You wake up in pain, you move through the day with difficulty and go back to bed at the end of the day trying to find a position where you can be comfortable enough to succumb to the relief of sleep.
Pain is a constant companion for many with chronic illness and disability. Sometimes it’s in the background and you learn to live with it and get on with what you can do despite the pain. Other times it can be torture and you don’t know where to put yourself.
The added frustration with pain is that no one can see it to have any idea of what you’re going through. So lack of sympathy or understanding can add additional emotional suffering. On the outside, you look the same as always. Maybe with extreme pain, you lose your colour and you can’t help but curl up just trying to get through it. But most days, your pain is hidden.
On those days when you don’t know where to put yourself because of the pain or you’re just plain fed up with the ongoing nature of your pain, it’s important to remember where you can find peace and comfort.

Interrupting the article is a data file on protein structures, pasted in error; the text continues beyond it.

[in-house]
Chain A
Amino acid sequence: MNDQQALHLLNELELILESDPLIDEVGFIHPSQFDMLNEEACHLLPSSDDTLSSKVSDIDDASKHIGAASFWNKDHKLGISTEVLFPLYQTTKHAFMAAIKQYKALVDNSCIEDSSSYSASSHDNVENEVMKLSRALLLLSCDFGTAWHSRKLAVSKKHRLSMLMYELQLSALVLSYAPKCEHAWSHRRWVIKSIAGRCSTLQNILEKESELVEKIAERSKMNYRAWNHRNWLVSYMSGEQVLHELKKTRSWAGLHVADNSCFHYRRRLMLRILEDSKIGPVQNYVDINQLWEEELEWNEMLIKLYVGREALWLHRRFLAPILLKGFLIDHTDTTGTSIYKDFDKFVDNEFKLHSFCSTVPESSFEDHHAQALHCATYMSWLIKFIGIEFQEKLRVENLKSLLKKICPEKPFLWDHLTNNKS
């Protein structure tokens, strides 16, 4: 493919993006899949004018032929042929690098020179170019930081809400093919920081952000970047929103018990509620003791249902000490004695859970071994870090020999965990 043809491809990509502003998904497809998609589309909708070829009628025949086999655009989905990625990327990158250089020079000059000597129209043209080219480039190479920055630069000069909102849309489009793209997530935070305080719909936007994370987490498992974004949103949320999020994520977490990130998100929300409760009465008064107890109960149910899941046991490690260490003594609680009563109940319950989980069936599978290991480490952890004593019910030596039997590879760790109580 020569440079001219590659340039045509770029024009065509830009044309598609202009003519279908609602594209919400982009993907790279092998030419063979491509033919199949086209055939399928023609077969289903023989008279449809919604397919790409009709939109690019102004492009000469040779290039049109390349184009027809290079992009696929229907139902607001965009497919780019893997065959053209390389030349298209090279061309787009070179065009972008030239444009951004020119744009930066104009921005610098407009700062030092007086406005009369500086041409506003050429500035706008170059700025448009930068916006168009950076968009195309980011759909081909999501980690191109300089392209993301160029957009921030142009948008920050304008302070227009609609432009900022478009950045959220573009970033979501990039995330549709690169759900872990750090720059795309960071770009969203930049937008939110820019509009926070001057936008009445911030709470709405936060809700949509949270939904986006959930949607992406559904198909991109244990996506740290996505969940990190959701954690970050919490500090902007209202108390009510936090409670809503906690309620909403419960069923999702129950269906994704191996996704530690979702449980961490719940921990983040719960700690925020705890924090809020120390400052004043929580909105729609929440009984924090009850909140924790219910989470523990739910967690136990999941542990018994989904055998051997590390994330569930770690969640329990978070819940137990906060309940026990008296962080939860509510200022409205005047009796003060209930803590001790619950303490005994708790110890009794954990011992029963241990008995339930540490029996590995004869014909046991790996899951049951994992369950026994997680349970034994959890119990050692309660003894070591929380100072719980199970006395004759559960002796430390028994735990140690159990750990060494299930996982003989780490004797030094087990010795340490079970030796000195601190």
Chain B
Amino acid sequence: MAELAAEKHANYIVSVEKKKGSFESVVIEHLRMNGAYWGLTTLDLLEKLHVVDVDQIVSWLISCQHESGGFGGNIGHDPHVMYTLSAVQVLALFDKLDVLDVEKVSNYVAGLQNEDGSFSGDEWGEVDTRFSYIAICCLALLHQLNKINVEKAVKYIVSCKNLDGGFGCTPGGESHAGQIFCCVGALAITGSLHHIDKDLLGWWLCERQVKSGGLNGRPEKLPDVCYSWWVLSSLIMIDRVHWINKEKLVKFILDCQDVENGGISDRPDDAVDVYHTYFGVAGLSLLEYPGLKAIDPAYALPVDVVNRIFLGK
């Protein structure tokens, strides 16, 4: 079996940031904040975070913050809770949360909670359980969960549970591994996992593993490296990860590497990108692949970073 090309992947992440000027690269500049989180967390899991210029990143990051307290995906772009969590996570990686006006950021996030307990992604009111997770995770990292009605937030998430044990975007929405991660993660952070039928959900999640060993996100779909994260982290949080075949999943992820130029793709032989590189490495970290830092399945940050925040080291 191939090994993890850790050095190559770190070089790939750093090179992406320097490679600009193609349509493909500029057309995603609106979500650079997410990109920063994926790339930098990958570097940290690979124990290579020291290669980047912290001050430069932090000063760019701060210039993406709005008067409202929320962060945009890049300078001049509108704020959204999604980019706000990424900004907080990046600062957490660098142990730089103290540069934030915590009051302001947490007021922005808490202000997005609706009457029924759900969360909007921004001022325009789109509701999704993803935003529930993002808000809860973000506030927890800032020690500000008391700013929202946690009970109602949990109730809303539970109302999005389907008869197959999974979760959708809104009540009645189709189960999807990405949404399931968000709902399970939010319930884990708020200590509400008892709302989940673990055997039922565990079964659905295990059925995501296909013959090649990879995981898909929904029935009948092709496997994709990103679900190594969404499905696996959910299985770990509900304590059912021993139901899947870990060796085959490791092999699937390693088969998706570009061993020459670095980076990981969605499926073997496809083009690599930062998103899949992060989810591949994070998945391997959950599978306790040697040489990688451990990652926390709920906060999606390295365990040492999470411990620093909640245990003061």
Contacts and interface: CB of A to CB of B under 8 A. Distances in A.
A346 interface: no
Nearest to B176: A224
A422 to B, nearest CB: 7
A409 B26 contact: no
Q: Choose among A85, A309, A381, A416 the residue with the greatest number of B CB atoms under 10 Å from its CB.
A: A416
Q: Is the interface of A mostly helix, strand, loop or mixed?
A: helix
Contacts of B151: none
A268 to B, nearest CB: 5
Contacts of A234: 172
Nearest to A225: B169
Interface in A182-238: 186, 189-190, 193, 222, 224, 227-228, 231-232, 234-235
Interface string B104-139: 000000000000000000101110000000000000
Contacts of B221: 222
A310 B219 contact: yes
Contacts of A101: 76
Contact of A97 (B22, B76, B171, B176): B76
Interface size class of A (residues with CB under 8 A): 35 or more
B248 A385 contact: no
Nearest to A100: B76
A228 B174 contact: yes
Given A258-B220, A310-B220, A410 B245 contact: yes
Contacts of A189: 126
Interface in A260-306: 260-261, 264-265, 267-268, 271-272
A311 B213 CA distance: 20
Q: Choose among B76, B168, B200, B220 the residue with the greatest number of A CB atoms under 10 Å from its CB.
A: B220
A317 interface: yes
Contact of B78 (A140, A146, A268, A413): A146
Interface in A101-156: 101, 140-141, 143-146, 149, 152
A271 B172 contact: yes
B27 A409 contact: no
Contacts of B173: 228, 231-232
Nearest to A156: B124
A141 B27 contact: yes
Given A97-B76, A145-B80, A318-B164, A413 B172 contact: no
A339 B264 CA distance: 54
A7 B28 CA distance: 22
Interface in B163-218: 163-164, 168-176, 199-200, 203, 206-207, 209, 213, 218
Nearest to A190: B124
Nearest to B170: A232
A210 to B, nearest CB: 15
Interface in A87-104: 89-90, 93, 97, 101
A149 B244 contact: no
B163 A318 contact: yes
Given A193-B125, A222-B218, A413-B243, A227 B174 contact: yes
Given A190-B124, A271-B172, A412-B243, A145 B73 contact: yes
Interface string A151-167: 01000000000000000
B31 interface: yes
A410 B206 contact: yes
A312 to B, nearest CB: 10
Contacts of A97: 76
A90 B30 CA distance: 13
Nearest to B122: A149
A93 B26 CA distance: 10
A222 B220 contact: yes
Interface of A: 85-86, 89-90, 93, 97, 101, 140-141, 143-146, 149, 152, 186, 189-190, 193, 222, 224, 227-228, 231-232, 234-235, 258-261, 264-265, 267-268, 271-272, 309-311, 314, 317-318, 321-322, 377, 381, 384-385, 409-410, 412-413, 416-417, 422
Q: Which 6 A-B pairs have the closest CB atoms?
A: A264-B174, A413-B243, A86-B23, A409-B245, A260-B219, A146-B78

Joni Eareckson Tada has been a quadriplegic for over 50 years and, in the brief video below, she shares how she recently dealt with a bad pain weekend.
Remember that we have a sovereign God who doesn’t waste our pain but uses it to draw us closer to Himself and to be more like Him. Sometimes, when we’re in that place of pain, that’s not what we want – we want relief! We want to be healed. We want to be happy and to be able to do the things we want to do!
Just remember that we have Heaven to look forward to for all those things – we will be healed and find relief from all our suffering. We will be forever happy with no sadness on the horizon and we’ll be capable of doing all the things God created us for and we will long to do – and all this will be in a perfect world in the presence of our Creator and God!
Sometimes we need to remember the ‘big picture’ when we feel overwhelmed by the suffering we experience now and, while we wait for Heaven, we can draw upon the comfort that God provides us as we draw close to Him who understands experientially what it means to suffer.
For I consider that our present sufferings are not worth comparing with the glory that will be revealed in us.